Data source: Brookings Iraq Index    

The 2003 US invasion of Iraq was sold to the American public as a war to defend the nation and free the Iraqi people.

Then-US vice-president Dick Cheney said the military effort in Iraq would take "weeks rather than months".

Paul Wolfowitz, the US deputy secretary of defence at the time, said US soldiers would be greeted as liberators and that Iraqi oil money would pay for the reconstruction of the country.

But the costs have steadily risen, in financial terms and in lives - both military and civilian.

The highest number of US soldiers to be killed in Iraq was just over 900, in 2007, the same year that then-president George W Bush announced that a surge of 21,000 extra troops would enter the country.

For Iraqi military members and police, the bloodiest year on record was 2005, when just over 2,500 were killed.

The number of civilian casualties during the eight-year occupation of Iraq has been less easy to pin down.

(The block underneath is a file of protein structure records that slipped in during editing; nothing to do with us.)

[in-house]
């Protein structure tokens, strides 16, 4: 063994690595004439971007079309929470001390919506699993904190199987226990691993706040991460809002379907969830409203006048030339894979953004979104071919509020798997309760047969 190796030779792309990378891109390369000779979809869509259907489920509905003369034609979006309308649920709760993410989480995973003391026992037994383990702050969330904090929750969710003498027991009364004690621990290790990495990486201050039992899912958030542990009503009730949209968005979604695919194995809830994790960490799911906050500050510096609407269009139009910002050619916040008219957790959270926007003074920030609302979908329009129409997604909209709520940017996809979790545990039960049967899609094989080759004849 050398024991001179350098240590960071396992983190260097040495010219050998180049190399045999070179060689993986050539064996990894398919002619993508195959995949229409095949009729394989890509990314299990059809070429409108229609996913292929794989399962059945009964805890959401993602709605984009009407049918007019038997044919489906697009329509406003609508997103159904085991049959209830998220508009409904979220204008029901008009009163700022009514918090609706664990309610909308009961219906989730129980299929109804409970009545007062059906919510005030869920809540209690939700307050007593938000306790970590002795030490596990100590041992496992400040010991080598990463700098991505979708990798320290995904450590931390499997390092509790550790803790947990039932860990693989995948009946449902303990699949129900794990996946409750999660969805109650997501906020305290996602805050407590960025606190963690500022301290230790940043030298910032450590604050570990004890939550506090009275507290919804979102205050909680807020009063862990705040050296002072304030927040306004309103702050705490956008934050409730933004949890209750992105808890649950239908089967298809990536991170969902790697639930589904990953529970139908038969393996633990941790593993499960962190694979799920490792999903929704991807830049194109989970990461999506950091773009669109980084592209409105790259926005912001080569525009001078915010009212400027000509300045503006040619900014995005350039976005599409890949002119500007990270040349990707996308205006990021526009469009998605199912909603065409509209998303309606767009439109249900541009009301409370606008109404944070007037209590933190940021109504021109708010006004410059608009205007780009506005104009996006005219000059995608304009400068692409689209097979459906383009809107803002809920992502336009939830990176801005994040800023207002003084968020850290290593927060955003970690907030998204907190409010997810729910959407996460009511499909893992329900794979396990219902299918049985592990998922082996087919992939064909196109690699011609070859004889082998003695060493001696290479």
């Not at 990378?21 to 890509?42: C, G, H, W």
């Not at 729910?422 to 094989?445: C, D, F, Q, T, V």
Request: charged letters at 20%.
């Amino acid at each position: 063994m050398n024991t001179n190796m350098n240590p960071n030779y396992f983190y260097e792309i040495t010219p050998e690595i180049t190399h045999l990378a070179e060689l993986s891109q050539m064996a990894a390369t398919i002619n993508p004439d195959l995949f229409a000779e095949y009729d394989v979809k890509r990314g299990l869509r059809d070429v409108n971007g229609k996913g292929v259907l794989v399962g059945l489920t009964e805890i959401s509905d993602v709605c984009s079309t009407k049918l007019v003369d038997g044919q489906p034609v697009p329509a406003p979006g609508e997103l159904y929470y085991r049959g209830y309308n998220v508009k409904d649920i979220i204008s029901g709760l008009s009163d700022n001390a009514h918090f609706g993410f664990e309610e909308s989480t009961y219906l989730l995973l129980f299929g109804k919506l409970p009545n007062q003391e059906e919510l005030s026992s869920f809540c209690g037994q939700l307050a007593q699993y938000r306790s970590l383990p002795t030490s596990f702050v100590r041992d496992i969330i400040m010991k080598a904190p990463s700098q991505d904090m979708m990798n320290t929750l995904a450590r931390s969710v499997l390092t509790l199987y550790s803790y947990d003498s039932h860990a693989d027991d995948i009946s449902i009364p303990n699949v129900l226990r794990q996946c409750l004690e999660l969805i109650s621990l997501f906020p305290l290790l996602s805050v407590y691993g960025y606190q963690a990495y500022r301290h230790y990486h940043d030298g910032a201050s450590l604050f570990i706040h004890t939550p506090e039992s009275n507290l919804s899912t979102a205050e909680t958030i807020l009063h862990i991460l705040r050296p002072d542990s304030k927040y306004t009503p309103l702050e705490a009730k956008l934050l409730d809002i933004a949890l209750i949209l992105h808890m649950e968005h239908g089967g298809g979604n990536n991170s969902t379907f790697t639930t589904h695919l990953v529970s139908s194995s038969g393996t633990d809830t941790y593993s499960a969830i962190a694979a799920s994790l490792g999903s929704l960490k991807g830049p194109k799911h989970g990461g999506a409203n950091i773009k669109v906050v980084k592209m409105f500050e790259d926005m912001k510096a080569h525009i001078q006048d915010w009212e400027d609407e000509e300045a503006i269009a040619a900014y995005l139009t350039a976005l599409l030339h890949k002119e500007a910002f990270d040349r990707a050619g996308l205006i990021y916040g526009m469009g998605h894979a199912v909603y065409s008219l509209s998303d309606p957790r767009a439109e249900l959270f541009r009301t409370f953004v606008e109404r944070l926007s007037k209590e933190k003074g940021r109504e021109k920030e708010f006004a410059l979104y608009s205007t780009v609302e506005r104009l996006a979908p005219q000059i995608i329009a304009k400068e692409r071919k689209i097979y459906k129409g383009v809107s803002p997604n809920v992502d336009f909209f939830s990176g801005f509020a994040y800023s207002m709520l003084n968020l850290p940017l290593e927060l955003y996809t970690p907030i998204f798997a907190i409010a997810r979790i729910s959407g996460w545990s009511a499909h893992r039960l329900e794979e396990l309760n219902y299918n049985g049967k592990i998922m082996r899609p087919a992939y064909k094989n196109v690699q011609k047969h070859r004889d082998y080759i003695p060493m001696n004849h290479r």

Data sources: Brookings Iraq Index, The Lancet Survey, Iraq Health Ministry, AP  

Since the US-led coalition invasion of Iraq in March 2003, accurate casualty figures for Iraqi civilians have been almost impossible to confirm.

One of the highest estimates was published in the UK medical journal The Lancet, which said that over 600,000 violent deaths occurred between the invasion and June 2006.

Most other estimates of civilian deaths are much lower, with the Iraq Index published by the Brookings Institution in Washington DC reporting nearly 115,000 civilan deaths from March 2003 to April 2011.

The Iraq Index also says that nearly 4,500 US troops have been killed in Iraq since the start of hostilities.

Between 800 and 900 US troops died each year from 2004 to 2007.

But casualties have fallen since then with just 60 deaths last year and 24 so far in 2011.

Source: Al Jazeera